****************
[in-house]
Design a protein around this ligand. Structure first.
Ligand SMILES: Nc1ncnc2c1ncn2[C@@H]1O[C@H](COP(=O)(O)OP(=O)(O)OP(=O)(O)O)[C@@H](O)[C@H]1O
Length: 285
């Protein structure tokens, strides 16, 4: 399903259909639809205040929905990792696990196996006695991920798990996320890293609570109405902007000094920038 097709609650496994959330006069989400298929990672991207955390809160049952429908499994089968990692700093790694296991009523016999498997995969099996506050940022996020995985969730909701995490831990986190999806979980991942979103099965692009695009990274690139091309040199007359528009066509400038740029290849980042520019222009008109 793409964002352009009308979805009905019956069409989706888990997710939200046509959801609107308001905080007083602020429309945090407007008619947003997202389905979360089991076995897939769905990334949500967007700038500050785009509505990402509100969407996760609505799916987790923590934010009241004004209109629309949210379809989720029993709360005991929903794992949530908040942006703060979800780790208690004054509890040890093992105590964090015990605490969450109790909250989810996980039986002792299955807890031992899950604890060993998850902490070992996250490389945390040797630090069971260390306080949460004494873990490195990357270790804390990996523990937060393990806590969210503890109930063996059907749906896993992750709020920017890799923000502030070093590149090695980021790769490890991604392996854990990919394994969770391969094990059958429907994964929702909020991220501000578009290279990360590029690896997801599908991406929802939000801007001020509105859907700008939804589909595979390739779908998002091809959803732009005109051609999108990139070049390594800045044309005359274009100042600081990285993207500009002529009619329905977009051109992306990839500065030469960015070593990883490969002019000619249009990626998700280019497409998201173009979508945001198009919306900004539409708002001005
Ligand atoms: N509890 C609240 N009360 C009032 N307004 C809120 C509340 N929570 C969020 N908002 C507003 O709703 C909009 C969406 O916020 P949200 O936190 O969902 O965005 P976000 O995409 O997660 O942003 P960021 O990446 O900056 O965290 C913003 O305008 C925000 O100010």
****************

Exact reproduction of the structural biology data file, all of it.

[in-house]
Design a protein around this ligand. Structure first.
Ligand SMILES: Nc1ncnc2c1ncn2[C@@H]1O[C@H](COP(=O)(O)OP(=O)(O)OP(=O)(O)O)[C@@H](O)[C@H]1O
Length: 285
């Protein structure tokens, strides 16, 4: 399903259909639809205040929905990792696990196996006695991920798990996320890293609570109405902007000094920038 097709609650496994959330006069989400298929990672991207955390809160049952429908499994089968990692700093790694296991009523016999498997995969099996506050940022996020995985969730909701995490831990986190999806979980991942979103099965692009695009990274690139091309040199007359528009066509400038740029290849980042520019222009008109 793409964002352009009308979805009905019956069409989706888990997710939200046509959801609107308001905080007083602020429309945090407007008619947003997202389905979360089991076995897939769905990334949500967007700038500050785009509505990402509100969407996760609505799916987790923590934010009241004004209109629309949210379809989720029993709360005991929903794992949530908040942006703060979800780790208690004054509890040890093992105590964090015990605490969450109790909250989810996980039986002792299955807890031992899950604890060993998850902490070992996250490389945390040797630090069971260390306080949460004494873990490195990357270790804390990996523990937060393990806590969210503890109930063996059907749906896993992750709020920017890799923000502030070093590149090695980021790769490890991604392996854990990919394994969770391969094990059958429907994964929702909020991220501000578009290279990360590029690896997801599908991406929802939000801007001020509105859907700008939804589909595979390739779908998002091809959803732009005109051609999108990139070049390594800045044309005359274009100042600081990285993207500009002529009619329905977009051109992306990839500065030469960015070593990883490969002019000619249009990626998700280019497409998201173009979508945001198009919306900004539409708002001005
Ligand atoms: N509890 C609240 N009360 C009032 N307004 C809120 C509340 N929570 C969020 N908002 C507003 O709703 C909009 C969406 O916020 P949200 O936190 O969902 O965005 P976000 O995409 O997660 O942003 P960021 O990446 O900056 O965290 C913003 O305008 C925000 O100010």